Guard, The
This 1080p video transfer from Sony Pictures is a little disappointing. Sony usually delivers on the technical front, and while the movie looks reasonably good in high definition, there are some distracting artefacts that took away from my viewing experience. The movie has a very colourful palette for indoor scenes, with very saturated Irish greens being particularly abundant. If you look closely into these large patches of colour you can see where compression took a bite out of the image, leading to some blocky gradients (see the wall in the first cap). This could be a result of digitally boosting the colours as well. Outdoor scenes have a much gloomier colour scheme and look more natural. Much of the video presentation has a fine film grain appearance that looks great though. Many scenes have a very bright light in them with actors or objects in the foreground. It's probably more a fault of the filming choices than the digital presentation, but it gives the objects in the foreground an ugly glow around the edges (see the third cap). Some scenes look like they may have had DNR applied to them, due to their blurry, almost pastel-like appearance. For the most part though, colours look great and leap off the screen, and detail is plenty sharp on close-up shots. I expected more from Sony, but there aren't enough problems here to make it a deal breaker for fans.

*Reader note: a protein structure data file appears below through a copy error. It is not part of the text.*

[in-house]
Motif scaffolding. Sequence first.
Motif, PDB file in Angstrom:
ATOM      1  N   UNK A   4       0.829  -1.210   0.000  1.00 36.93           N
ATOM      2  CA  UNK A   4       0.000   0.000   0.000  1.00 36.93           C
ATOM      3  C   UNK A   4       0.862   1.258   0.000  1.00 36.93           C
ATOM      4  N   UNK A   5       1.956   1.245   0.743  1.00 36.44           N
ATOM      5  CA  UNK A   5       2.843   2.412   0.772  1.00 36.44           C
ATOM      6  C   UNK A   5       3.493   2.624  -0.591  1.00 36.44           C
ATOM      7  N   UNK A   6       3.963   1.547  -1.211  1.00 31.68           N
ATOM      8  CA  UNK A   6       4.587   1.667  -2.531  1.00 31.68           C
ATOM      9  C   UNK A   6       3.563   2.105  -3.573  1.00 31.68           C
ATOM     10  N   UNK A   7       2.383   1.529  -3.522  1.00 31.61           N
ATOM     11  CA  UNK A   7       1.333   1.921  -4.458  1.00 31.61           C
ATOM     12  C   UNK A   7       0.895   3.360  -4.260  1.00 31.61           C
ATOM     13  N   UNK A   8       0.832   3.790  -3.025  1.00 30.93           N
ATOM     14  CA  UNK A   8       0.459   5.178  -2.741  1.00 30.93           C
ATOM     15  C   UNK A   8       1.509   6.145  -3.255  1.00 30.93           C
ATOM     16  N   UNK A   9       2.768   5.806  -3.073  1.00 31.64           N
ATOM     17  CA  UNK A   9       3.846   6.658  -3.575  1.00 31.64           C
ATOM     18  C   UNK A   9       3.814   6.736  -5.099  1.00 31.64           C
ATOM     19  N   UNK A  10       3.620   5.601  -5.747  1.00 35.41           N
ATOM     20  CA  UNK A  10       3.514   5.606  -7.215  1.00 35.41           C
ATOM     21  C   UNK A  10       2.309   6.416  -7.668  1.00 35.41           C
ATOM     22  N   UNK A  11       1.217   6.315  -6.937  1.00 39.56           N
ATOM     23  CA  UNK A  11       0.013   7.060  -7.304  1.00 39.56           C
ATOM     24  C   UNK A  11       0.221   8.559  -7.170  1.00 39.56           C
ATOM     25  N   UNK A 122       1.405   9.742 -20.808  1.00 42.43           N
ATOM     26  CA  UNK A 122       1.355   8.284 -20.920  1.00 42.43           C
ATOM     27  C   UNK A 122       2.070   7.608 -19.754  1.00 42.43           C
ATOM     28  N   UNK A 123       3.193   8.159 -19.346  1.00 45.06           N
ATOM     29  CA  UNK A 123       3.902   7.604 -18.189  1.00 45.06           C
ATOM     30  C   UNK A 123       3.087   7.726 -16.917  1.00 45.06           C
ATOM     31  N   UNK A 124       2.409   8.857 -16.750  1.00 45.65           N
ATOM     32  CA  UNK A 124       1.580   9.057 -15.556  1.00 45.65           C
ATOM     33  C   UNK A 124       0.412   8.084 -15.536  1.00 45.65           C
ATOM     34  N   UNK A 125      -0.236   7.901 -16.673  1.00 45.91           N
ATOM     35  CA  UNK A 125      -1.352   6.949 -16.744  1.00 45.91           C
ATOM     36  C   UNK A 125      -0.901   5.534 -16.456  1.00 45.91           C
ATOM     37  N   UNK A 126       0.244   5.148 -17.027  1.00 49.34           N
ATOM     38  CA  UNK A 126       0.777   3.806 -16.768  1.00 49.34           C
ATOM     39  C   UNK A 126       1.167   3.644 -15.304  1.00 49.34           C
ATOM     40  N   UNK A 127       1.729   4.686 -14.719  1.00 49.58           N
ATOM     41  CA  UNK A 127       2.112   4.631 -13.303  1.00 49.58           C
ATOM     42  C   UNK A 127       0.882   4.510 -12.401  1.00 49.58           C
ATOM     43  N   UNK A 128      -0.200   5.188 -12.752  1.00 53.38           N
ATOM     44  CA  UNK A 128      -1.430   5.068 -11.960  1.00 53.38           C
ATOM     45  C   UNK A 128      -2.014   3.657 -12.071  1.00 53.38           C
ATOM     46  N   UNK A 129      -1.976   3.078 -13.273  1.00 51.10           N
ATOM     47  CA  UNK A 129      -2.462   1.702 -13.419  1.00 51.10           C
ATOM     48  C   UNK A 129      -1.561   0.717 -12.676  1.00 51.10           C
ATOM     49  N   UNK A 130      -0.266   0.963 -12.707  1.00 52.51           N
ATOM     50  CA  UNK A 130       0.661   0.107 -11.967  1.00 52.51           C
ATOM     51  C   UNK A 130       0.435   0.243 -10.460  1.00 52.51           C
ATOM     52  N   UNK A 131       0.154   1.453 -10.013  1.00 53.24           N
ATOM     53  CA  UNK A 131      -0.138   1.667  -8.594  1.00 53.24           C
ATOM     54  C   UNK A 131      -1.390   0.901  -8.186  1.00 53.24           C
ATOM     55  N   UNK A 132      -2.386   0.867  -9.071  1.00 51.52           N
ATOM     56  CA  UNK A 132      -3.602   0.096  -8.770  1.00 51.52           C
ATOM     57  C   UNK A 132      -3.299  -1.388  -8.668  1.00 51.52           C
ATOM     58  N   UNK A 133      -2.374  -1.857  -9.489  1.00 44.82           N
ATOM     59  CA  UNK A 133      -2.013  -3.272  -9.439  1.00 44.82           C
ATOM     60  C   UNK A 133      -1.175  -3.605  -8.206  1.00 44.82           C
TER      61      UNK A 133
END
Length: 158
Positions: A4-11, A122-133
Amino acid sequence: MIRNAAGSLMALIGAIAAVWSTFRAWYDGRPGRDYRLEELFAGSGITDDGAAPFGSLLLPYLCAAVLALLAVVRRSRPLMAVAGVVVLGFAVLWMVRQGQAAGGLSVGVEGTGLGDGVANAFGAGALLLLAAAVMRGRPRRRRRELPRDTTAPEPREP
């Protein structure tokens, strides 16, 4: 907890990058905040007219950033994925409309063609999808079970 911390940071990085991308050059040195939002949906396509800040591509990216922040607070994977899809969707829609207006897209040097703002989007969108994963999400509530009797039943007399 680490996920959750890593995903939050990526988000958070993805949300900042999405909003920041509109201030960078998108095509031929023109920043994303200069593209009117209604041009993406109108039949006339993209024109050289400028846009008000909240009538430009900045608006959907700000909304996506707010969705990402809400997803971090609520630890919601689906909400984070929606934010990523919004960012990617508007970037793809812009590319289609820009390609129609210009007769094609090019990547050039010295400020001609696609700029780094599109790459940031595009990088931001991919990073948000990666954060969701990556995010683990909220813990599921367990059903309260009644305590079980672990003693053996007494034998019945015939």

Guard, The
This DTS-HD Master Audio 5.1 track gets the job done, more or less. The film itself is pretty low key in terms of production, so there isn't a lot for the audio mix to prove. Dialogue levels are fine, though if you're anything like me you'll need subtitles to make out what's being said with these thick accents. Occasionally the recorded dialogue doesn't seem very well separated from the noise of the environment, so some clarity is lost. Surround effects are pretty limited to background noises, like rustling winds. There is a shoot out in the film, and while the gun sound effects themselves feel a bit generic, they are appropriately loud and cracking in the sound mix.